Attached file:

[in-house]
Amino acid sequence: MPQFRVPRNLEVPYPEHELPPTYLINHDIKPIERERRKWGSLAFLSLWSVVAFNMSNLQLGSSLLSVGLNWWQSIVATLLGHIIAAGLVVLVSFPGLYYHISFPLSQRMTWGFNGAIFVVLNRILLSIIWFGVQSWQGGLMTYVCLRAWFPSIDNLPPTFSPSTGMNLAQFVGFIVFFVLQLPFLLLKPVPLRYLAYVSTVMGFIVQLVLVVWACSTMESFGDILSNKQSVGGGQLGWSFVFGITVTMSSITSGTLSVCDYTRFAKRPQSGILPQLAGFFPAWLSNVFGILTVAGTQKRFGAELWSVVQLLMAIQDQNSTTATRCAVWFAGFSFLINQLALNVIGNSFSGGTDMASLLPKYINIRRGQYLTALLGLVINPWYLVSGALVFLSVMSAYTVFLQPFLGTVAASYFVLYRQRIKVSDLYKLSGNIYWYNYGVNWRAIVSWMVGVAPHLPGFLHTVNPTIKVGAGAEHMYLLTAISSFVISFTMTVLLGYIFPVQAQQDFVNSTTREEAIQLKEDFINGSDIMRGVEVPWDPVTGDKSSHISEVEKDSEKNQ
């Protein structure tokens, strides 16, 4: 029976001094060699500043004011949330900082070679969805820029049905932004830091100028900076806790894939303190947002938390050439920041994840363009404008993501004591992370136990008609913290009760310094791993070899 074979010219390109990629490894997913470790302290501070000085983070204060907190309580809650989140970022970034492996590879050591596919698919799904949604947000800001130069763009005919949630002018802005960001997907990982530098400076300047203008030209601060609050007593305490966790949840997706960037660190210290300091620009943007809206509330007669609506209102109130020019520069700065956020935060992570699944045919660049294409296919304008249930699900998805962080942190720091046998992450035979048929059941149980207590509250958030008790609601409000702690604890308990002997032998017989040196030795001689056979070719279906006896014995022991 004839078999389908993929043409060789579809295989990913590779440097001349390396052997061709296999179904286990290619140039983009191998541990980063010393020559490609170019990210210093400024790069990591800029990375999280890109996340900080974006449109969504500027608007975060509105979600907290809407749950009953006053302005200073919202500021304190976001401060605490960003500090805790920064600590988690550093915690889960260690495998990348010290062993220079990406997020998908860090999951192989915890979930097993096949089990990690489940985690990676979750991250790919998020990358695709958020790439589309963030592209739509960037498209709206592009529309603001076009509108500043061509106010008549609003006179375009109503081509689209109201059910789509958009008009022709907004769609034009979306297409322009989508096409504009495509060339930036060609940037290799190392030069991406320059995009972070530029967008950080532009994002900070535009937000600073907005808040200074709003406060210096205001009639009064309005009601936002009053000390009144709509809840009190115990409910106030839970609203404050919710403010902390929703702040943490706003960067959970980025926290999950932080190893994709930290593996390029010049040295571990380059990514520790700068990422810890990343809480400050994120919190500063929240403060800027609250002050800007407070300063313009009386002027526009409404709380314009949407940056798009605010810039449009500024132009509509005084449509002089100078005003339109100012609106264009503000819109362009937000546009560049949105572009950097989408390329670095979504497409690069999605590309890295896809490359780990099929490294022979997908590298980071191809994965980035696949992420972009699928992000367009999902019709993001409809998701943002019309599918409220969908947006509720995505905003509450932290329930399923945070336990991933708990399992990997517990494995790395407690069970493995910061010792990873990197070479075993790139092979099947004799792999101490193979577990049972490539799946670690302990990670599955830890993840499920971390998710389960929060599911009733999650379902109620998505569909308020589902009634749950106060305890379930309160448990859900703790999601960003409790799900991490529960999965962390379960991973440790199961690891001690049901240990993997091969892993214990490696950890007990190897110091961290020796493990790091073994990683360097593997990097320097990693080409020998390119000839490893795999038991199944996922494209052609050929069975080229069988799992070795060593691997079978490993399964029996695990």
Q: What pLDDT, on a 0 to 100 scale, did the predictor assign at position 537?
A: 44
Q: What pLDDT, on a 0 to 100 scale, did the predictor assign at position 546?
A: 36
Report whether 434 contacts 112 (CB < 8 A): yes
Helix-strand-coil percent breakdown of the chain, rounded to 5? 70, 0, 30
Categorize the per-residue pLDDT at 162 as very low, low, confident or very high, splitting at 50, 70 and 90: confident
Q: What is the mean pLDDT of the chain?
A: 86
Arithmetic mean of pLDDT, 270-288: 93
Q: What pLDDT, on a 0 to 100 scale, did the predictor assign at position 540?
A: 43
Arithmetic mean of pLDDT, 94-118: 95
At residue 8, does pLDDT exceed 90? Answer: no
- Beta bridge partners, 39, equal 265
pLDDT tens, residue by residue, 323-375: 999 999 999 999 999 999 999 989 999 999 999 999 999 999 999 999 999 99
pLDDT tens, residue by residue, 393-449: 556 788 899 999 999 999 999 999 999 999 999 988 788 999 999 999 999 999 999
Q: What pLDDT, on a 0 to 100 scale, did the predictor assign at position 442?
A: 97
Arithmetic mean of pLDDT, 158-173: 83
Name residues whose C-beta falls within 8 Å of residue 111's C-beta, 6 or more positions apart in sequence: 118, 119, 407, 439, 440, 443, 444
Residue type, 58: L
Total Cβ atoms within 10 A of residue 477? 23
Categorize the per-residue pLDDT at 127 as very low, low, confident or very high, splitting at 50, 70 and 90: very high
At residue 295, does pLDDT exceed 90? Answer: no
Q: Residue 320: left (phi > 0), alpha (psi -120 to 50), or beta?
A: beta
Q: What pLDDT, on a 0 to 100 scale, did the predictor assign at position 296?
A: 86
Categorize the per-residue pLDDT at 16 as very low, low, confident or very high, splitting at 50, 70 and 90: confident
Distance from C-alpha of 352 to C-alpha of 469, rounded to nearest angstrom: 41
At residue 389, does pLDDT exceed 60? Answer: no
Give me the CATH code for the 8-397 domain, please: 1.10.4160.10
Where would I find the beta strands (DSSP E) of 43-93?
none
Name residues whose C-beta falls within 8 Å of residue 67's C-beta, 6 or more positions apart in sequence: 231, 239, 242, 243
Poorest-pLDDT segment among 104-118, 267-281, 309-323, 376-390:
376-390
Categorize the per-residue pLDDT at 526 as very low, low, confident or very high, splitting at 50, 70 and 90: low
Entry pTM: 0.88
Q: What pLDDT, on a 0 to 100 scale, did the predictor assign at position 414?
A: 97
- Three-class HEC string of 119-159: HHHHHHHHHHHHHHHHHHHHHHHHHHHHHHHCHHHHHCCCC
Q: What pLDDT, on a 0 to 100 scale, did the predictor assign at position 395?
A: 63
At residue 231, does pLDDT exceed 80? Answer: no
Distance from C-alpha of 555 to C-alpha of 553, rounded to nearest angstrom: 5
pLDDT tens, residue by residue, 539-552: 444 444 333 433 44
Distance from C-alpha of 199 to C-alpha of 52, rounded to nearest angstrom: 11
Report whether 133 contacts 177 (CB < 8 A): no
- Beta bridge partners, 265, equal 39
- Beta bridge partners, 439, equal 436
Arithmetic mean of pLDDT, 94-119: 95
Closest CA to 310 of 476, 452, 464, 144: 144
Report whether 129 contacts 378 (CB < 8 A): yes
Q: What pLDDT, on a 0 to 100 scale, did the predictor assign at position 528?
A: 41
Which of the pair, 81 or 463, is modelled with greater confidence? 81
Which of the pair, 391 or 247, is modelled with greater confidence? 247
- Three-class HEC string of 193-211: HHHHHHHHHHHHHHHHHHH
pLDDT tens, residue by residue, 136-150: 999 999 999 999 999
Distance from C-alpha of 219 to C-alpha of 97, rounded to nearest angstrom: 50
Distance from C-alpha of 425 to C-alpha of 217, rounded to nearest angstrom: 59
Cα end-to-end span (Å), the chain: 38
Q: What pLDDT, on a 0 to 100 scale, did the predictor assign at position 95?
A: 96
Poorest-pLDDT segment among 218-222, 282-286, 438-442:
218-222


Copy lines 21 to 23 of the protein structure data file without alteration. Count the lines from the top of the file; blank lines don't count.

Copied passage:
Q: What pLDDT, on a 0 to 100 scale, did the predictor assign at position 442?
A: 97
Arithmetic mean of pLDDT, 158-173: 83